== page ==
He began the day as a committee precinct man, introducing himself to voters and checking on workers at the polls.
Then there was a visit to the doctor, lunch with Allen County assessor candidate Stacey O'Day and finally some time to sit and “veg out.”
That whole time, David Gladieux couldn't stop thinking about the Allen County sheriff's race, for which he's spent the past three years preparing.
Now, history is on his side.
Gladieux, chief deputy for the Allen County Sheriff's Department, was doling out handshakes, shoulder slaps and high fives outside county Republican headquarters Tuesday night after winning the party's nomination in the primary election.
A Democrat has not won the Allen County sheriff's position since the 1930s.
“This is one of the most humbling experiences of my life,” he said.
Gladieux beat Indiana State Police Trooper Luke NaThalang by gaining nearly 65 percent of the 25,410 votes cast in the primary, according to unofficial results from the Allen County Election Board.
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It's the first time Gladieux, who has worked for the Sheriff's Department in nearly every capacity during a nearly 28-year career, has run for political office.
He said he couldn't believe the number of workers who came out to help him or the number of people who supported him.
Still, it was impossible for the nerves to subside as the day began.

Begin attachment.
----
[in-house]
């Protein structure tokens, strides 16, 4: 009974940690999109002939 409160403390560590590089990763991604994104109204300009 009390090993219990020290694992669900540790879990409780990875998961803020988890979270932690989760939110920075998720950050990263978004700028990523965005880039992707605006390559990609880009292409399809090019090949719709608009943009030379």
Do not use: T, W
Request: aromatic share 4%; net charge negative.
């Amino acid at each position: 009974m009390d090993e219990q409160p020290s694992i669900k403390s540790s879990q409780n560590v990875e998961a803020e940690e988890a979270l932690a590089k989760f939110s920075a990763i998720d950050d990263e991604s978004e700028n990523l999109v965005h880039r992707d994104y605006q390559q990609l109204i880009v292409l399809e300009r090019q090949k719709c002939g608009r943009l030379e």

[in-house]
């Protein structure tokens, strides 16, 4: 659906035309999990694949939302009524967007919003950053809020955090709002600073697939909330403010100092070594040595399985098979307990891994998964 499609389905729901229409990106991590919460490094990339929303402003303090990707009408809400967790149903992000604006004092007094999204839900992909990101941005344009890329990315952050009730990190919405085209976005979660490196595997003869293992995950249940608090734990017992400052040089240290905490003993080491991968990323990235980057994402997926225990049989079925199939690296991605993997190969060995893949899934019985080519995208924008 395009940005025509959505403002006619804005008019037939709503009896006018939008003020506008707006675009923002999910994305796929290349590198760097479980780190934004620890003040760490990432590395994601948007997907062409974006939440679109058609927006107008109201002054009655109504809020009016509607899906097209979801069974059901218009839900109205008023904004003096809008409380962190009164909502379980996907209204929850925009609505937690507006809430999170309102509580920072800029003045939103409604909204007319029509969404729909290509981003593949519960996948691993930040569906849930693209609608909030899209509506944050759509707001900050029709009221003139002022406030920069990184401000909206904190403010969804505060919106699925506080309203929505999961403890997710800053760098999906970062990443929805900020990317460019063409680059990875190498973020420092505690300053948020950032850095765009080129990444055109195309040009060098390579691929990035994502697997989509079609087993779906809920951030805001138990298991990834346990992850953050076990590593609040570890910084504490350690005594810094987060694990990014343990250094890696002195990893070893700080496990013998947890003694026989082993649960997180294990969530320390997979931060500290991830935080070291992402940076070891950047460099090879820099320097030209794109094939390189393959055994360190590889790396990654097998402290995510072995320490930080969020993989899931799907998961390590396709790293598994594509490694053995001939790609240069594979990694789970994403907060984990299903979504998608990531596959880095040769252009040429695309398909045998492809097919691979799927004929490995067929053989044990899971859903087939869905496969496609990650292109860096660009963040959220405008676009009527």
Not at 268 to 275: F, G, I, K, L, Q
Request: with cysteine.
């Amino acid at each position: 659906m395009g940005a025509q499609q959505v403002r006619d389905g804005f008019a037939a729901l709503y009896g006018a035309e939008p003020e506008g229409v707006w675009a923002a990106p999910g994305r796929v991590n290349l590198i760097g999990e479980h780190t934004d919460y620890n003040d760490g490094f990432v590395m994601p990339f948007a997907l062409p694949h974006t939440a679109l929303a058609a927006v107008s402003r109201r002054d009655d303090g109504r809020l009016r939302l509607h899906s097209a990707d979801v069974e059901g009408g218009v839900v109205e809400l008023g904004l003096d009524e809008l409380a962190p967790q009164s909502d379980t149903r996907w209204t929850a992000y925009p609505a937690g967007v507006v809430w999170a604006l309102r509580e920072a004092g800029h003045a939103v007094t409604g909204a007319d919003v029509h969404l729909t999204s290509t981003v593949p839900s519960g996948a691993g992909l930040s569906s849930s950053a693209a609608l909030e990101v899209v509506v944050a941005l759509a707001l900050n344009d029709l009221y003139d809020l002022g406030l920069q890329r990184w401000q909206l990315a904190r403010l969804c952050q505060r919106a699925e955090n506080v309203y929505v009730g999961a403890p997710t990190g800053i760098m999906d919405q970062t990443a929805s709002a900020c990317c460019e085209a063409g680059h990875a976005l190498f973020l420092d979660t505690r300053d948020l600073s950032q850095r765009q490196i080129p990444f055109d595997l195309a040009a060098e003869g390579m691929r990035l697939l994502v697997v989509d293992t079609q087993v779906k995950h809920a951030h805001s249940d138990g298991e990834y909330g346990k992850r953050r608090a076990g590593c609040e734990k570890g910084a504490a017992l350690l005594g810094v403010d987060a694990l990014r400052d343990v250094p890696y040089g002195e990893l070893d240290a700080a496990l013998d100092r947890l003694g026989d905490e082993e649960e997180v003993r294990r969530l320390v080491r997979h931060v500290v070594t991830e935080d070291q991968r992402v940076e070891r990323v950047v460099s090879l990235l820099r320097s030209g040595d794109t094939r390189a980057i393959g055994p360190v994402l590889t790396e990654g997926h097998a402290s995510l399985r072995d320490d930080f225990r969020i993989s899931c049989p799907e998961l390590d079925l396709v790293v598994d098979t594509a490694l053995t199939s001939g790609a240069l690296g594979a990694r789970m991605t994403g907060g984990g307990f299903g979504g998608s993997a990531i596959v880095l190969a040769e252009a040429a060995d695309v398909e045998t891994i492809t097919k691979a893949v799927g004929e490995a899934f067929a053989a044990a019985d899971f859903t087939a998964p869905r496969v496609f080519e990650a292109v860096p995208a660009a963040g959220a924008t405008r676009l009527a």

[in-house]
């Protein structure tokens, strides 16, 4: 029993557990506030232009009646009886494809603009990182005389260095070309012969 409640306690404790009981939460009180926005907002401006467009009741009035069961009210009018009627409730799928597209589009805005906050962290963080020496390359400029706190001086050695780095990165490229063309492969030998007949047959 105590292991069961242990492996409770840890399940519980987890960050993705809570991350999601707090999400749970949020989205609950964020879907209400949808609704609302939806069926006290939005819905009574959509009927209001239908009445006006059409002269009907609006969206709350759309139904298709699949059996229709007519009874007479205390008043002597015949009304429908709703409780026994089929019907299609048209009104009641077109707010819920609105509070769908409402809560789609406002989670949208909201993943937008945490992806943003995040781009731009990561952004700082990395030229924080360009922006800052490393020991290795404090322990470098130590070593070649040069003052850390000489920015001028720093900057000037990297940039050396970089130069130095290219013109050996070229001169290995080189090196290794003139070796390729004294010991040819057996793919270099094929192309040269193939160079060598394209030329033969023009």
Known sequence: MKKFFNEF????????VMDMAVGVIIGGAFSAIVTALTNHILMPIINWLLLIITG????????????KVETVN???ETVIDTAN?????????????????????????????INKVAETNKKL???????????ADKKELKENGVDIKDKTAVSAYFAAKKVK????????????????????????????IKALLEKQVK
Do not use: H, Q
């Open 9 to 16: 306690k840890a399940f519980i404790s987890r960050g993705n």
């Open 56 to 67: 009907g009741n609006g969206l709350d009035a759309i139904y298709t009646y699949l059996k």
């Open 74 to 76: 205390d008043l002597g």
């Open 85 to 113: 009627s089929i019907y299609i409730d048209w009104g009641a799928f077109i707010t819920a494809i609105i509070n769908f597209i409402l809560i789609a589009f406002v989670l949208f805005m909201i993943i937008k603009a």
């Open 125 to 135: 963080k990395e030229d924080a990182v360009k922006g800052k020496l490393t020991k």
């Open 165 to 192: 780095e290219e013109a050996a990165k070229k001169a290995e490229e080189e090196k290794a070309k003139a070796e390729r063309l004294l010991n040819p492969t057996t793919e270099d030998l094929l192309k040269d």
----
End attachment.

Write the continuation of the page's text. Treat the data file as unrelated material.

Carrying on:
“It's a big sigh of relief,” said Gladieux of the primary results.
Gladieux will run against Democratic candidate David C. Roach, who ran unopposed in his party's primary.
Roach has been a perennial candidate for several offices throughout the years and has a penchant for the unusual, even running for mayor once under the name D.C. (Mr. Roachclip) Roach.
Despite this, Gladieux said he will take the same approach during his campaign for the general election as he did for the primary.
“You never take anything for granted,” he said. “It might be hard to take that candidate seriously, but you have to.”
If Gladieux wins the sheriff's race, he plans to focus on trying to work with state and local legislators regarding the future of the Allen County Jail, which has limited space.
A change in state laws has reduced the number of offenders the Allen County Jail can send to the Indiana Department of Correction.
These state laws reworked prison sentences to some extent, making it so some lower-level offenders can serve their time in county jails. This has put a space crunch on jails.